I know that this is unprecedented—this broadcast is called “This I Believe,” not “This We Believe.” But let me explain why I believe in “we”—why I believe in the power of us.
Two months ago, I sat down in a classroom with seventeen of my peers at Skidmore College in Saratoga Springs, New York. None of us were especially close, but we had each signed up to take a course on the Enlightenment. I figured that we would learn about the Enlightenment thinkers—Voltaire, Rousseau, Montesquieu, among others—and about how those philosophers influenced the ideas and discoveries of today. I quickly realized the uniqueness of this classroom experience. Yes, we would learn about those Enlightenment thinkers, but we would also be writing a social contract that we each had to sign and agree to live under. Each of us was given a section of the contract to construct—from Freedom of Speech to Crime and Punishment, Government, Education, Art, Slavery, and Religion. We would, in effect, be constructing a community. At the end of the semester, our individual beliefs would become our collective beliefs.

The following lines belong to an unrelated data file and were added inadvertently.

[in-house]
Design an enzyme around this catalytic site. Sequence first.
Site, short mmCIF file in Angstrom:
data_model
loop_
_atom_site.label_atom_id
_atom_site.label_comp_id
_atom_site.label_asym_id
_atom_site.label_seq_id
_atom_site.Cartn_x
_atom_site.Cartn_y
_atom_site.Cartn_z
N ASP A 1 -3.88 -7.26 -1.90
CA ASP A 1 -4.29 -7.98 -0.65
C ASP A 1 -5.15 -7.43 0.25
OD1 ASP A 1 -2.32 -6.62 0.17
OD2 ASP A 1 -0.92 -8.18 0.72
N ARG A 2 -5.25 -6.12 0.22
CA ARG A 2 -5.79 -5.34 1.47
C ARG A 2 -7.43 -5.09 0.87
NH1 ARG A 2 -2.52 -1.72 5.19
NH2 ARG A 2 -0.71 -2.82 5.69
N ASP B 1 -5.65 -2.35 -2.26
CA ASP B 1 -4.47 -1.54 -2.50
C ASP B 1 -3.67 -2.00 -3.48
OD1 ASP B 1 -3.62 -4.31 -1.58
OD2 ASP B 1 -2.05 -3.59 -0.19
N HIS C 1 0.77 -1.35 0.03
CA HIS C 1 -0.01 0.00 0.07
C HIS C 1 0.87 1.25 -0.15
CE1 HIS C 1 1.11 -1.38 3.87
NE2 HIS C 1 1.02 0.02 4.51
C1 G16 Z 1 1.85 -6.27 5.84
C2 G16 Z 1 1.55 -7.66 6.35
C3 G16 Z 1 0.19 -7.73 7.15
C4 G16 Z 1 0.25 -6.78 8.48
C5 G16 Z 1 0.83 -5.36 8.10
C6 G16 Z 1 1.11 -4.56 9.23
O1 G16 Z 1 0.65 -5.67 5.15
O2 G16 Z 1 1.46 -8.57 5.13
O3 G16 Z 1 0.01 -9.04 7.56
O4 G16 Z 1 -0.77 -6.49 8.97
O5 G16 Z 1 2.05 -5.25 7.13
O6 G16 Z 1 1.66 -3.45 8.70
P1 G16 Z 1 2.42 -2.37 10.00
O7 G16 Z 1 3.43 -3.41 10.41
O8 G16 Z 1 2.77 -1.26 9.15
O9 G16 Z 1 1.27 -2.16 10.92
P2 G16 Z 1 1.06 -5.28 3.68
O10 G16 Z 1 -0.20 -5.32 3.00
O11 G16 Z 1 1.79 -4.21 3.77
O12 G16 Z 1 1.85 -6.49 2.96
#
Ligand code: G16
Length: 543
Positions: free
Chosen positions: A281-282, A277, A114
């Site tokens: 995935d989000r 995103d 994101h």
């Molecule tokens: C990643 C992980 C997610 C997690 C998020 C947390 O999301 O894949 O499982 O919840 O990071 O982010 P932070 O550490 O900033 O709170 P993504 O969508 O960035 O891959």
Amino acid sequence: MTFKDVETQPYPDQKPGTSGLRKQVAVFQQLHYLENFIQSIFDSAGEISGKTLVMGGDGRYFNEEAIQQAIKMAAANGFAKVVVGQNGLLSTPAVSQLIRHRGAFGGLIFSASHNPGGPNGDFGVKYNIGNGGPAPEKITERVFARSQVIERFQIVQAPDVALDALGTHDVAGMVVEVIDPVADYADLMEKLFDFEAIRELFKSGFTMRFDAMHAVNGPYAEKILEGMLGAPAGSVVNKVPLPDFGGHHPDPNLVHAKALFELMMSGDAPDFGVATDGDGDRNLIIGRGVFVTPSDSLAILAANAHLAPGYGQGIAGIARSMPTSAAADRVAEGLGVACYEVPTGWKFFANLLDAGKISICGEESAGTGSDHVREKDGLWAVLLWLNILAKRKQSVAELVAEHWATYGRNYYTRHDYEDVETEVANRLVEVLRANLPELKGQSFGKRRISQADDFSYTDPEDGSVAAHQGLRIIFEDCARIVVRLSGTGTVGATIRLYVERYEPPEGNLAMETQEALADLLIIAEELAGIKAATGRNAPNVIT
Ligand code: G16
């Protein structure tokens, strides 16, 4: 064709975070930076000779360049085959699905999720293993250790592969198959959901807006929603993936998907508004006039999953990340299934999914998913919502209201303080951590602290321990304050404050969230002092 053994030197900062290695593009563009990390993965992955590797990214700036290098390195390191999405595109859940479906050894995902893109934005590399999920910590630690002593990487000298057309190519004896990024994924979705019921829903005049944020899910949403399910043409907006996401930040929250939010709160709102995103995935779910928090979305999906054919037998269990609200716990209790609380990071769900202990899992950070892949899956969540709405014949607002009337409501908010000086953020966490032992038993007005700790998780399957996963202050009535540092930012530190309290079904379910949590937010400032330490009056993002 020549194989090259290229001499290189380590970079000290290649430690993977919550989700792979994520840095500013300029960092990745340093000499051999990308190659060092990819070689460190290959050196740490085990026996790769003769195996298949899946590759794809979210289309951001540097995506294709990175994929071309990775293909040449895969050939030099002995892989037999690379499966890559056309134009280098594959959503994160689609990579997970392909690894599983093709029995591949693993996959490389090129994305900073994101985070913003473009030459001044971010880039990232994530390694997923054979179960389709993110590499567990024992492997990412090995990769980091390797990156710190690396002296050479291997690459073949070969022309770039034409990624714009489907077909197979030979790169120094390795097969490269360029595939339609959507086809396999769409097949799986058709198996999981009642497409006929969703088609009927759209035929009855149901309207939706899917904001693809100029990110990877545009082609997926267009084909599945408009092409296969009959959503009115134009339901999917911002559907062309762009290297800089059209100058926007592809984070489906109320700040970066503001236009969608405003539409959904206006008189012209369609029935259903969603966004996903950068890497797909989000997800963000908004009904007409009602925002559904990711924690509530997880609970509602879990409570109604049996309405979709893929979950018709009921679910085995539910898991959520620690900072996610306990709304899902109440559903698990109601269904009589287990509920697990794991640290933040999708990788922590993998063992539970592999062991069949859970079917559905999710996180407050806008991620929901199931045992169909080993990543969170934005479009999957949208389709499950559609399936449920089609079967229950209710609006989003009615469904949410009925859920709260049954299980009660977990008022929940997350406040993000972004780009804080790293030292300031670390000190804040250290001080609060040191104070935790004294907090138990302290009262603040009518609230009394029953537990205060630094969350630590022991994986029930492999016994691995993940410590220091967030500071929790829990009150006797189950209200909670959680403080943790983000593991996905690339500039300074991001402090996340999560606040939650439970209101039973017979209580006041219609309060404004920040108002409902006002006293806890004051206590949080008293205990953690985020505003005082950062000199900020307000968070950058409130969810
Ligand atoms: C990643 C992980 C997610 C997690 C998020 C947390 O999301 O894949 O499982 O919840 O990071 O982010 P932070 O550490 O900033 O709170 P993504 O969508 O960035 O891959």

I’ll admit, at first we were skeptical. This was only a class—why was our Professor taking this contract so seriously? Student frustration quickly manifested itself. My classmate exclaimed: “I don’t know what I believe! I’m only nineteen!”
The classroom went silent. Then we woke up.
We realized that someone was taking us seriously. At nineteen, twenty, or twenty-one, we were being granted an opportunity to discover and challenge our beliefs. We were asked to radically alter our thought processes. Putting aside the world we knew and the society we lived in, we had to start over. To do so, we would have to work together.
Helping to create the “religion” section of our communal contract, I brought my heart into classroom conversations. As a religious person, I found it quite hard to differentiate my core values from those of my classmates. But while we did not all believe in God, or in prayer or in faith, we still managed to progress. We believed in equality and understood our responsibility to treat others with respect. Our religion was the process by which we grew and learned together. This, I Believe.
It is easy to teach students what to know, but it is hard to teach students how to think. It is even harder to teach us how to believe. We learned how to believe in that classroom. We watched ourselves transform from individuals who happened to be taking a class together into a community of thinkers who understood that in addition to learning how to craft a community, we had also crafted a faith.